U.S. Regulators announced on Friday that banks will not be asked to meet at Jan. 1 for a rule based on recommendations from the Basel Committee. The rules, meant to bolster the economy against another financial crisis, require banks to maintain 7 percent or more of risk-weighted assets.The Office of the Comptroller of the Currency, the Federal Reserve, and the Federal Deposit Insurance Corp. issued a statement suggesting it’s unlikely the Basel-designed rules will be set for next year.
The extension comes as industry participants are complaining about lack of time or clarity. U.S. regulators may be nervous about claims that such steep capital requirements could slow down economic progress in the midst of a sluggish recovery. The Financial Services Roundtable and the Securities Industry & Financial Markets Association have both publicly stated as much.
It is unclear when banks will be required to align themselves with the Basel rules. Few nations, in fact, have so far risen to the challenge.
Some, including David Stevens of the Mortgage Bankers Association, are obviously happy with the development. It may be a signal that regulators are planning to overhaul the rules.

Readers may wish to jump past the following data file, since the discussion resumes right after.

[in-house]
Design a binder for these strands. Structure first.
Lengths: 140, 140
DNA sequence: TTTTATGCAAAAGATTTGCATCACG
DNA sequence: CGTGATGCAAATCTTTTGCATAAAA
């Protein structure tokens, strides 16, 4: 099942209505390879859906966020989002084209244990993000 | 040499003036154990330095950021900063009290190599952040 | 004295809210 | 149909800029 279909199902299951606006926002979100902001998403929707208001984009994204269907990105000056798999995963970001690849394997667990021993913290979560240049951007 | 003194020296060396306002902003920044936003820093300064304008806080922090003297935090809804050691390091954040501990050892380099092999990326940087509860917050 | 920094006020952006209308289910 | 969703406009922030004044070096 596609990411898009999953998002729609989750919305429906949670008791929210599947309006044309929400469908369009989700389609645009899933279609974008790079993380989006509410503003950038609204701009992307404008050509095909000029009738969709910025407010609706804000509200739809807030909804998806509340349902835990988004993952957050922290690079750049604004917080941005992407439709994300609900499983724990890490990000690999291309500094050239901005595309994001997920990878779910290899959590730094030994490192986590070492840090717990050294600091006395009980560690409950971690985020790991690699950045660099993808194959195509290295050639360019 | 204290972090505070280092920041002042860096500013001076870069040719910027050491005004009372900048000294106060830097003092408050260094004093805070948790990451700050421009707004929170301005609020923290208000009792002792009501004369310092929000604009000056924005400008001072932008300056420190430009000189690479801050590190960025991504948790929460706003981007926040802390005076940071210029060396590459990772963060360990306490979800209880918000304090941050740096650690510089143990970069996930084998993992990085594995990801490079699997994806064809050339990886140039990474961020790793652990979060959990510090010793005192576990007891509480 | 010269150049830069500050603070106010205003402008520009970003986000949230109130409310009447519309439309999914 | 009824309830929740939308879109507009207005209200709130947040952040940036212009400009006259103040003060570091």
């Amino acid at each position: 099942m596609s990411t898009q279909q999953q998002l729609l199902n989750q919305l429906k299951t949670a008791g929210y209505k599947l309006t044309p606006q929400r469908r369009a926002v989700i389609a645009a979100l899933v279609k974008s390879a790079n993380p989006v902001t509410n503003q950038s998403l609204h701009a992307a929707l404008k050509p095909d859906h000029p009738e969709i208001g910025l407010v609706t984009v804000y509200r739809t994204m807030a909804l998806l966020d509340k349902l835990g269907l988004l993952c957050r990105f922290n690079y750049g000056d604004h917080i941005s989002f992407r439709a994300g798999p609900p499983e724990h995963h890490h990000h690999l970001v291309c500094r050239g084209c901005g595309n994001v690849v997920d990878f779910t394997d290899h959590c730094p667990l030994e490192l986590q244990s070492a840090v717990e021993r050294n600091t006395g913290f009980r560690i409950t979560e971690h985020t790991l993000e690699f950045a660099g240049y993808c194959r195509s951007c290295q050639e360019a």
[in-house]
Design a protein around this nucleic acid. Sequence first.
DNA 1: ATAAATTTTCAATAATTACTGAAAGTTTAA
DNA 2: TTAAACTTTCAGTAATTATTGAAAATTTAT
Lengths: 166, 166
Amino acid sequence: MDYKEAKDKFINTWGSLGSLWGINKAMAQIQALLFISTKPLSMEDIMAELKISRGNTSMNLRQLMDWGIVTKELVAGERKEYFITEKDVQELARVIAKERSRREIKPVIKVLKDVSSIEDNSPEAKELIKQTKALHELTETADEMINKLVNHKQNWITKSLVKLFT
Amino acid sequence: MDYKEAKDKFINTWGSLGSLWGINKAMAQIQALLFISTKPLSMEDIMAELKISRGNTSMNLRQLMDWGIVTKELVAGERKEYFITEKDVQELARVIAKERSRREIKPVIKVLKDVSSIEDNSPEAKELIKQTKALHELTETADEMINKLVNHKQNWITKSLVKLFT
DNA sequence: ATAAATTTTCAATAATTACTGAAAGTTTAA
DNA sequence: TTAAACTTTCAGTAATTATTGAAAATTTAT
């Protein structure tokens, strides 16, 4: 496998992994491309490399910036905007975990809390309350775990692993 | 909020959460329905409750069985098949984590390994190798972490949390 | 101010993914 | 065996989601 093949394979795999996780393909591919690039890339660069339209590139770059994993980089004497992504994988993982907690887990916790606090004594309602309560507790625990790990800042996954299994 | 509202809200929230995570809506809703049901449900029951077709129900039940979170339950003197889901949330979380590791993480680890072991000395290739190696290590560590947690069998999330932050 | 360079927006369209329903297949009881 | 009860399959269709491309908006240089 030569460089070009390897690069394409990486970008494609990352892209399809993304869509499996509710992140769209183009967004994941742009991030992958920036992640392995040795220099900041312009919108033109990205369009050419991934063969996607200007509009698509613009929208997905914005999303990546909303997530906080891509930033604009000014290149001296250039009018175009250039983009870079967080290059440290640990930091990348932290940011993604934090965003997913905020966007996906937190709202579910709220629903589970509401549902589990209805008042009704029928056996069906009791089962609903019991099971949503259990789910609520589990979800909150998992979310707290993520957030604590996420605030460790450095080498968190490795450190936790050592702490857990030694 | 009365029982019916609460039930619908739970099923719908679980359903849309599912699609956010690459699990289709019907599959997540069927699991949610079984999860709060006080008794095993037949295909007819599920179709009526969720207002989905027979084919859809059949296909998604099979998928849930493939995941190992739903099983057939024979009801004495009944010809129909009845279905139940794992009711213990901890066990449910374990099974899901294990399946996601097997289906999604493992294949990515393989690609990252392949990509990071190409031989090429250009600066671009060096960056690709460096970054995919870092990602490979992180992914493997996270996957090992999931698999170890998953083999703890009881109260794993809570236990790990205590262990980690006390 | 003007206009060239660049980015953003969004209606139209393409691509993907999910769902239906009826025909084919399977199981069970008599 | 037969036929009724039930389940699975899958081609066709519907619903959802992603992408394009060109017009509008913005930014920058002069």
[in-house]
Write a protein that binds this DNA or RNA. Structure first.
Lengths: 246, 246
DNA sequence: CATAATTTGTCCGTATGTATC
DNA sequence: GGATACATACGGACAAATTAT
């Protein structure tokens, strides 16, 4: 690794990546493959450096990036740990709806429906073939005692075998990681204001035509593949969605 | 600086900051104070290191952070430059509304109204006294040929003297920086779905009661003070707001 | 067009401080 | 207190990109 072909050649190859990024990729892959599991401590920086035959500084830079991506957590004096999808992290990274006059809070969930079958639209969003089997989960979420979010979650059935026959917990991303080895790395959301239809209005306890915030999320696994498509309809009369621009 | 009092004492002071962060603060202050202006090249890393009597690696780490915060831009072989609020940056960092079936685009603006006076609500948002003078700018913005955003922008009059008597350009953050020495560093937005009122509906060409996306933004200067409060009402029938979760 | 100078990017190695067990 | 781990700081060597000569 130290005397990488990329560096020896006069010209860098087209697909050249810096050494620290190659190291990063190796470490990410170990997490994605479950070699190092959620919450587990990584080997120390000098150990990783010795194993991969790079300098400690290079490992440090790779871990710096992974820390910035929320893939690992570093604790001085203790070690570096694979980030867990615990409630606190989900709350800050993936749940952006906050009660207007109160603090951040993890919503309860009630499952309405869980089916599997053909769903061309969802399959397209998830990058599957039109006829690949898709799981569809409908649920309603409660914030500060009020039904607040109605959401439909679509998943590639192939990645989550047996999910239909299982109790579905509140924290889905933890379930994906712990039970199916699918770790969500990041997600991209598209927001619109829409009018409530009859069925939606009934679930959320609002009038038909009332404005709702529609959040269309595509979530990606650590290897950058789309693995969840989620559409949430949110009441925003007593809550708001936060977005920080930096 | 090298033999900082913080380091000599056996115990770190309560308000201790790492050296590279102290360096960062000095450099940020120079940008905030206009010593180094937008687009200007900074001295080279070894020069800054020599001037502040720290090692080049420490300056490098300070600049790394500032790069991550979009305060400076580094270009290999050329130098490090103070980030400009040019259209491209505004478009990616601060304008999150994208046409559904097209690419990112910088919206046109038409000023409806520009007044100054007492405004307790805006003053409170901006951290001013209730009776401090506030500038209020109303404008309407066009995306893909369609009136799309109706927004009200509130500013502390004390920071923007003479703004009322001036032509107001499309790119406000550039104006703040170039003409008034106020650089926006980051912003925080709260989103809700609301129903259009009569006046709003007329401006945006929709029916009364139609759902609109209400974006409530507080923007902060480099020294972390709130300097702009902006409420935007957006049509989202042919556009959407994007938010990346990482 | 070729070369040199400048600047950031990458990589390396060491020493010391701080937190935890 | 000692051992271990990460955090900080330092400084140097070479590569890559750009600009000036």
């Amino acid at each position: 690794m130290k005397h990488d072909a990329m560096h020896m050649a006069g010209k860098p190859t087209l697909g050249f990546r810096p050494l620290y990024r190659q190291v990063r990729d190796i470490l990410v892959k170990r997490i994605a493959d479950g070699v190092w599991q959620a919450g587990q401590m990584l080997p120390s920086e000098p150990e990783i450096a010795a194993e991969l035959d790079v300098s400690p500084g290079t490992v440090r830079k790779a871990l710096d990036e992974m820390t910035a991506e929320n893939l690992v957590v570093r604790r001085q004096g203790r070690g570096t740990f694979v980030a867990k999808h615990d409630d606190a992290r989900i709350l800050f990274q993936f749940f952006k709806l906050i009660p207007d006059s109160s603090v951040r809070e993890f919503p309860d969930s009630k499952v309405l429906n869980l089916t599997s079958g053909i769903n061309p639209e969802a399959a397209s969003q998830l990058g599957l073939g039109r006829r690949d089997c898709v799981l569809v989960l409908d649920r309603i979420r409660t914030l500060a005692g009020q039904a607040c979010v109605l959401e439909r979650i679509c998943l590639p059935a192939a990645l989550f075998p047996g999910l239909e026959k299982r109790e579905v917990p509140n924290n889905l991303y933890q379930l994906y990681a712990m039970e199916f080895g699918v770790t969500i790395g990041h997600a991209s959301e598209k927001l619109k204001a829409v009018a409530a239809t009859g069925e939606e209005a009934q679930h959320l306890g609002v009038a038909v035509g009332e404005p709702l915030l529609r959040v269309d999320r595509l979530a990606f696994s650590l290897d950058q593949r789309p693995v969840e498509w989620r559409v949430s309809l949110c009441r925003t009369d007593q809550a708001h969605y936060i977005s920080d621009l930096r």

“It is critical now that regulators re-propose Basel implementation rules that more appropriately allocate risk- weights on real estate-related assets,” Stevens said in an issued statement. “Otherwise, credit for real estate transactions will tighten and consumer and borrower costs will go up, as banks reduce their real estate lending and mortgage servicing business.”
Others, including former FDIC chief Sheila Bair, are less thrilled.
“It is important for the U.S. to exercise leadership,” Blair said in an email with Bloomberg. “We don’t want to send a signal to the world that we are backing off in any way.”